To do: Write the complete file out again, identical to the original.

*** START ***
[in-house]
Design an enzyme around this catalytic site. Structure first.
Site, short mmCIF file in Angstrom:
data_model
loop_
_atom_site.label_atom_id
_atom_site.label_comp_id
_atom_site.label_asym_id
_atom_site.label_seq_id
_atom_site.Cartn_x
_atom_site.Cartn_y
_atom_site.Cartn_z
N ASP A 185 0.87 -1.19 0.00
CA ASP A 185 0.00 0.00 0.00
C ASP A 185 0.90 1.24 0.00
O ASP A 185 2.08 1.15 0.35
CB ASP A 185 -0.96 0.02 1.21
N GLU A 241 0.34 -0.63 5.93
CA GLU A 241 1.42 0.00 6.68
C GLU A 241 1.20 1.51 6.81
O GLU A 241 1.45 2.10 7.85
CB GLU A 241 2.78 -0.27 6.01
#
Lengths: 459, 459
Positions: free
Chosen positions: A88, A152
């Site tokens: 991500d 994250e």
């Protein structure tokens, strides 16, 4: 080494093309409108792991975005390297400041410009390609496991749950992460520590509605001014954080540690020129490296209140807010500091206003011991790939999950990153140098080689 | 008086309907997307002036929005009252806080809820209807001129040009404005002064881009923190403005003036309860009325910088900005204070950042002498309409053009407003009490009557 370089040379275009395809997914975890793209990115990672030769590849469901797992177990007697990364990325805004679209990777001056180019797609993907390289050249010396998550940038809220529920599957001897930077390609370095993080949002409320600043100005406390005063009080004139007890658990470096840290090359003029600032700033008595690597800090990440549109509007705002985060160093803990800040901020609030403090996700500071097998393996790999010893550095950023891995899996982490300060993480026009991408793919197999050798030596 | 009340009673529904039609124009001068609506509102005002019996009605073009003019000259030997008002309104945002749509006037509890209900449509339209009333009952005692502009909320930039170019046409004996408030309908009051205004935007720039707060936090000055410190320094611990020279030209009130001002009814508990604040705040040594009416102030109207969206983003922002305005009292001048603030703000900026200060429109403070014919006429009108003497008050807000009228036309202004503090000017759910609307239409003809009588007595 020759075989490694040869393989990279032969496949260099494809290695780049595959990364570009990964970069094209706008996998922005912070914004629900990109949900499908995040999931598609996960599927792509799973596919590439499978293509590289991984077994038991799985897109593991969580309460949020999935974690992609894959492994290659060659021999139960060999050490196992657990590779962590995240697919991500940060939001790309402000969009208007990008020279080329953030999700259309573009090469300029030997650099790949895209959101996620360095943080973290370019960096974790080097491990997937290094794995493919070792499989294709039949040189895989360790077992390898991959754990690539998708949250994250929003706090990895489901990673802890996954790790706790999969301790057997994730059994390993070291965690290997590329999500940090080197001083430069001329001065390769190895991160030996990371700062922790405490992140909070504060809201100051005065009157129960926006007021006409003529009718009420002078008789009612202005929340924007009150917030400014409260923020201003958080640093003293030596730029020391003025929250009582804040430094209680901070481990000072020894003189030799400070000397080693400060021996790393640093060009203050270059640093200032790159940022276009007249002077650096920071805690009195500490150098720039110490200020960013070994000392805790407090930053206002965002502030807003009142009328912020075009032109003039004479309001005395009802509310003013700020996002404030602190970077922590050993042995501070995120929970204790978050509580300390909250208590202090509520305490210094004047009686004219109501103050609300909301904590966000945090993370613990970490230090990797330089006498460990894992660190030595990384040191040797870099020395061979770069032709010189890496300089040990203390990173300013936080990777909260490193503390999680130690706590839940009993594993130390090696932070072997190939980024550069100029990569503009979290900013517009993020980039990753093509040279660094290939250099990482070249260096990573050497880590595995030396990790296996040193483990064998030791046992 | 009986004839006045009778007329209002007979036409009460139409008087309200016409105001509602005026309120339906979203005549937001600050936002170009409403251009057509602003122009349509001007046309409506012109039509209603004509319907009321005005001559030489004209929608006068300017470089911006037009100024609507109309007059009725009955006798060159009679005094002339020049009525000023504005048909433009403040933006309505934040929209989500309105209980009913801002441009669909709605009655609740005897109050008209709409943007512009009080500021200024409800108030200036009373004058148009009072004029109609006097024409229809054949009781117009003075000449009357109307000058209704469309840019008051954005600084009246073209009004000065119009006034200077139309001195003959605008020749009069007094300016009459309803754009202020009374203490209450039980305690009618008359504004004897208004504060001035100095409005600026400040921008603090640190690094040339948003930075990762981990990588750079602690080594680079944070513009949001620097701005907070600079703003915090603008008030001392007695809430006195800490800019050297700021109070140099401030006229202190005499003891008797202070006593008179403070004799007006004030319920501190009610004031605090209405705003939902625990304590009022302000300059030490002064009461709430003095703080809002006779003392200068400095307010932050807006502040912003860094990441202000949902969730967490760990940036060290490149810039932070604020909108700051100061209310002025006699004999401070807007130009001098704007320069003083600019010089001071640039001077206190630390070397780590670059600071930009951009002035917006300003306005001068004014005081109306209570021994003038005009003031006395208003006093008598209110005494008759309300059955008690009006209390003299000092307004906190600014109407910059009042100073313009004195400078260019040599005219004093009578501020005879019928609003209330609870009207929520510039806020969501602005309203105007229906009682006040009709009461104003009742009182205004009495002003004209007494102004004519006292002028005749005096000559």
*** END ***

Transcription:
[in-house]
Design an enzyme around this catalytic site. Structure first.
Site, short mmCIF file in Angstrom:
data_model
loop_
_atom_site.label_atom_id
_atom_site.label_comp_id
_atom_site.label_asym_id
_atom_site.label_seq_id
_atom_site.Cartn_x
_atom_site.Cartn_y
_atom_site.Cartn_z
N ASP A 185 0.87 -1.19 0.00
CA ASP A 185 0.00 0.00 0.00
C ASP A 185 0.90 1.24 0.00
O ASP A 185 2.08 1.15 0.35
CB ASP A 185 -0.96 0.02 1.21
N GLU A 241 0.34 -0.63 5.93
CA GLU A 241 1.42 0.00 6.68
C GLU A 241 1.20 1.51 6.81
O GLU A 241 1.45 2.10 7.85
CB GLU A 241 2.78 -0.27 6.01
#
Lengths: 459, 459
Positions: free
Chosen positions: A88, A152
């Site tokens: 991500d 994250e």
């Protein structure tokens, strides 16, 4: 080494093309409108792991975005390297400041410009390609496991749950992460520590509605001014954080540690020129490296209140807010500091206003011991790939999950990153140098080689 | 008086309907997307002036929005009252806080809820209807001129040009404005002064881009923190403005003036309860009325910088900005204070950042002498309409053009407003009490009557 370089040379275009395809997914975890793209990115990672030769590849469901797992177990007697990364990325805004679209990777001056180019797609993907390289050249010396998550940038809220529920599957001897930077390609370095993080949002409320600043100005406390005063009080004139007890658990470096840290090359003029600032700033008595690597800090990440549109509007705002985060160093803990800040901020609030403090996700500071097998393996790999010893550095950023891995899996982490300060993480026009991408793919197999050798030596 | 009340009673529904039609124009001068609506509102005002019996009605073009003019000259030997008002309104945002749509006037509890209900449509339209009333009952005692502009909320930039170019046409004996408030309908009051205004935007720039707060936090000055410190320094611990020279030209009130001002009814508990604040705040040594009416102030109207969206983003922002305005009292001048603030703000900026200060429109403070014919006429009108003497008050807000009228036309202004503090000017759910609307239409003809009588007595 020759075989490694040869393989990279032969496949260099494809290695780049595959990364570009990964970069094209706008996998922005912070914004629900990109949900499908995040999931598609996960599927792509799973596919590439499978293509590289991984077994038991799985897109593991969580309460949020999935974690992609894959492994290659060659021999139960060999050490196992657990590779962590995240697919991500940060939001790309402000969009208007990008020279080329953030999700259309573009090469300029030997650099790949895209959101996620360095943080973290370019960096974790080097491990997937290094794995493919070792499989294709039949040189895989360790077992390898991959754990690539998708949250994250929003706090990895489901990673802890996954790790706790999969301790057997994730059994390993070291965690290997590329999500940090080197001083430069001329001065390769190895991160030996990371700062922790405490992140909070504060809201100051005065009157129960926006007021006409003529009718009420002078008789009612202005929340924007009150917030400014409260923020201003958080640093003293030596730029020391003025929250009582804040430094209680901070481990000072020894003189030799400070000397080693400060021996790393640093060009203050270059640093200032790159940022276009007249002077650096920071805690009195500490150098720039110490200020960013070994000392805790407090930053206002965002502030807003009142009328912020075009032109003039004479309001005395009802509310003013700020996002404030602190970077922590050993042995501070995120929970204790978050509580300390909250208590202090509520305490210094004047009686004219109501103050609300909301904590966000945090993370613990970490230090990797330089006498460990894992660190030595990384040191040797870099020395061979770069032709010189890496300089040990203390990173300013936080990777909260490193503390999680130690706590839940009993594993130390090696932070072997190939980024550069100029990569503009979290900013517009993020980039990753093509040279660094290939250099990482070249260096990573050497880590595995030396990790296996040193483990064998030791046992 | 009986004839006045009778007329209002007979036409009460139409008087309200016409105001509602005026309120339906979203005549937001600050936002170009409403251009057509602003122009349509001007046309409506012109039509209603004509319907009321005005001559030489004209929608006068300017470089911006037009100024609507109309007059009725009955006798060159009679005094002339020049009525000023504005048909433009403040933006309505934040929209989500309105209980009913801002441009669909709605009655609740005897109050008209709409943007512009009080500021200024409800108030200036009373004058148009009072004029109609006097024409229809054949009781117009003075000449009357109307000058209704469309840019008051954005600084009246073209009004000065119009006034200077139309001195003959605008020749009069007094300016009459309803754009202020009374203490209450039980305690009618008359504004004897208004504060001035100095409005600026400040921008603090640190690094040339948003930075990762981990990588750079602690080594680079944070513009949001620097701005907070600079703003915090603008008030001392007695809430006195800490800019050297700021109070140099401030006229202190005499003891008797202070006593008179403070004799007006004030319920501190009610004031605090209405705003939902625990304590009022302000300059030490002064009461709430003095703080809002006779003392200068400095307010932050807006502040912003860094990441202000949902969730967490760990940036060290490149810039932070604020909108700051100061209310002025006699004999401070807007130009001098704007320069003083600019010089001071640039001077206190630390070397780590670059600071930009951009002035917006300003306005001068004014005081109306209570021994003038005009003031006395208003006093008598209110005494008759309300059955008690009006209390003299000092307004906190600014109407910059009042100073313009004195400078260019040599005219004093009578501020005879019928609003209330609870009207929520510039806020969501602005309203105007229906009682006040009709009461104003009742009182205004009495002003004209007494102004004519006292002028005749005096000559």